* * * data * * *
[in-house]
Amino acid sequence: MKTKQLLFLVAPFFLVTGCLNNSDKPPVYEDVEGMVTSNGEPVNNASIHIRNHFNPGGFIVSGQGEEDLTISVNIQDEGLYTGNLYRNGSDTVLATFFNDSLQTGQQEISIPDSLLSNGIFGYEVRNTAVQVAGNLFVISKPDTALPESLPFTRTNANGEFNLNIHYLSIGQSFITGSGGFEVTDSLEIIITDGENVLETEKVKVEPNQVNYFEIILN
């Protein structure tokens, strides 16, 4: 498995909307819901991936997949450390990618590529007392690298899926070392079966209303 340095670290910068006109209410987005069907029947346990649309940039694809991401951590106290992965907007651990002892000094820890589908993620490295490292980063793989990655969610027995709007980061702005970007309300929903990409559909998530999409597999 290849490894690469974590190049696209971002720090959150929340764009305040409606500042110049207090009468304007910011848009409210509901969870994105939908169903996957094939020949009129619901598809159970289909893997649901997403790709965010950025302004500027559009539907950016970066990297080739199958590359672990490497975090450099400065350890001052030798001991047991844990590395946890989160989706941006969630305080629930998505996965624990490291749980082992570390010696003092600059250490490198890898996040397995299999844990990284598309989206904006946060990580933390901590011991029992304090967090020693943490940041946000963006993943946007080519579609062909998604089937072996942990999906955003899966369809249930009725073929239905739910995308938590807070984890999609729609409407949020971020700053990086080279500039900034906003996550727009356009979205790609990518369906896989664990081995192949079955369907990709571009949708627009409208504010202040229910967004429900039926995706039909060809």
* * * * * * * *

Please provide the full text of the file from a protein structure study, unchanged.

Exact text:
[in-house]
Amino acid sequence: MKTKQLLFLVAPFFLVTGCLNNSDKPPVYEDVEGMVTSNGEPVNNASIHIRNHFNPGGFIVSGQGEEDLTISVNIQDEGLYTGNLYRNGSDTVLATFFNDSLQTGQQEISIPDSLLSNGIFGYEVRNTAVQVAGNLFVISKPDTALPESLPFTRTNANGEFNLNIHYLSIGQSFITGSGGFEVTDSLEIIITDGENVLETEKVKVEPNQVNYFEIILN
């Protein structure tokens, strides 16, 4: 498995909307819901991936997949450390990618590529007392690298899926070392079966209303 340095670290910068006109209410987005069907029947346990649309940039694809991401951590106290992965907007651990002892000094820890589908993620490295490292980063793989990655969610027995709007980061702005970007309300929903990409559909998530999409597999 290849490894690469974590190049696209971002720090959150929340764009305040409606500042110049207090009468304007910011848009409210509901969870994105939908169903996957094939020949009129619901598809159970289909893997649901997403790709965010950025302004500027559009539907950016970066990297080739199958590359672990490497975090450099400065350890001052030798001991047991844990590395946890989160989706941006969630305080629930998505996965624990490291749980082992570390010696003092600059250490490198890898996040397995299999844990990284598309989206904006946060990580933390901590011991029992304090967090020693943490940041946000963006993943946007080519579609062909998604089937072996942990999906955003899966369809249930009725073929239905739910995308938590807070984890999609729609409407949020971020700053990086080279500039900034906003996550727009356009979205790609990518369906896989664990081995192949079955369907990709571009949708627009409208504010202040229910967004429900039926995706039909060809």